Among the theories being batted about by experts: an acute viral infection, flu stresses the immune, respiratory and cardiovascular systems, which overburdens a diseased heart; the body's immune response to the flu causes inflammation in the lining of blood vessel walls, which exacerbates cholesterol-related damage; and the virus adversely affects endothelial cells that line the walls of blood vessels to promote atherosclerosis.

According to the AHA/ACC Science Advisory, children and adults who have been diagnosed with a chronic cardiovascular condition (except high blood pressure) should get a flu shot. People who have diabetes, a condition common to patients with cardiovascular disease, should also get an annual flu shot. If you're not sure whether you fall into one of these groups, talk to your doctor. In addition, the Centers for Disease Control and Prevention (CDC) recommends annual flu shots for children ages six months through four years old, and adults over age 50.

If someone in your family is at risk of, or has been diagnosed with, heart disease it's not a bad idea for you to get vaccinated as well, advises Mary Ann McLaughlin, M.D., M.P.H., medical director of the cardiac health program at Mount Sinai Medical Center in New York City. Children, in particular, should be vaccinated, since they bring flu viruses home from school or group activities, she adds.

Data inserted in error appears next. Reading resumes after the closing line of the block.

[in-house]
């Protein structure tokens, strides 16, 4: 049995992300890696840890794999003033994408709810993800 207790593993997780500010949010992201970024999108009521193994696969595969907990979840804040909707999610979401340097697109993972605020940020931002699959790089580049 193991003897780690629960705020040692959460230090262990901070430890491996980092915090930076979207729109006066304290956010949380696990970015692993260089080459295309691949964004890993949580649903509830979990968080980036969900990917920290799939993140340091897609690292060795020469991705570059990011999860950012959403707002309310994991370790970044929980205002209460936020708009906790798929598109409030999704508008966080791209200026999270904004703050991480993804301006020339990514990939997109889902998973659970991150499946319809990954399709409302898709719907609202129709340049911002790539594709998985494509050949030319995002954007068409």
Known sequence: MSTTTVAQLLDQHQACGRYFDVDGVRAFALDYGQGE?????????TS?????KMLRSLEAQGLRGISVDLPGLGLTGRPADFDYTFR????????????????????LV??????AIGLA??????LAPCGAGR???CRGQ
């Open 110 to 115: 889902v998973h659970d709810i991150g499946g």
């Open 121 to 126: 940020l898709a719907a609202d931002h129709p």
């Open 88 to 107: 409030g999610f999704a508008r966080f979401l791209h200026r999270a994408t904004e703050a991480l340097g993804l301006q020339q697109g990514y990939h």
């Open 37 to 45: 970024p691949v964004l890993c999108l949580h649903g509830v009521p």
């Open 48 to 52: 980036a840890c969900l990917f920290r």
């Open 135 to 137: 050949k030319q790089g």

The best time to get a flu shot is between September and November, says McLaughlin. Flu season usually peaks in January so if you get inoculated early, you'll be covered during the period when you're most likely to catch the flu. People who have heart disease, in particular, should make sure they're vaccinated before flu season really gets going. But if you forget or don't get around to getting your shot in autumn, you haven't missed the boat altogether. You'll still benefit by getting the shot in December or January, because flu season can last well into the spring in the U.S.

Flu shots are very safe even for people with serious heart disease, says McLaughlin. The only people who should avoid flu vaccination are those who are allergic to eggs, as they may also be allergic to one of the components of the shot. If you have no such allergy, the worst side effects you may experience are soreness at the site of the injection and minor aches or low-grade fever that evening. If you have a fever, you should probably postpone vaccination, says McLaughlin, because "you might not form as many ... antibodies against the flu if you're trying to fight off another infection."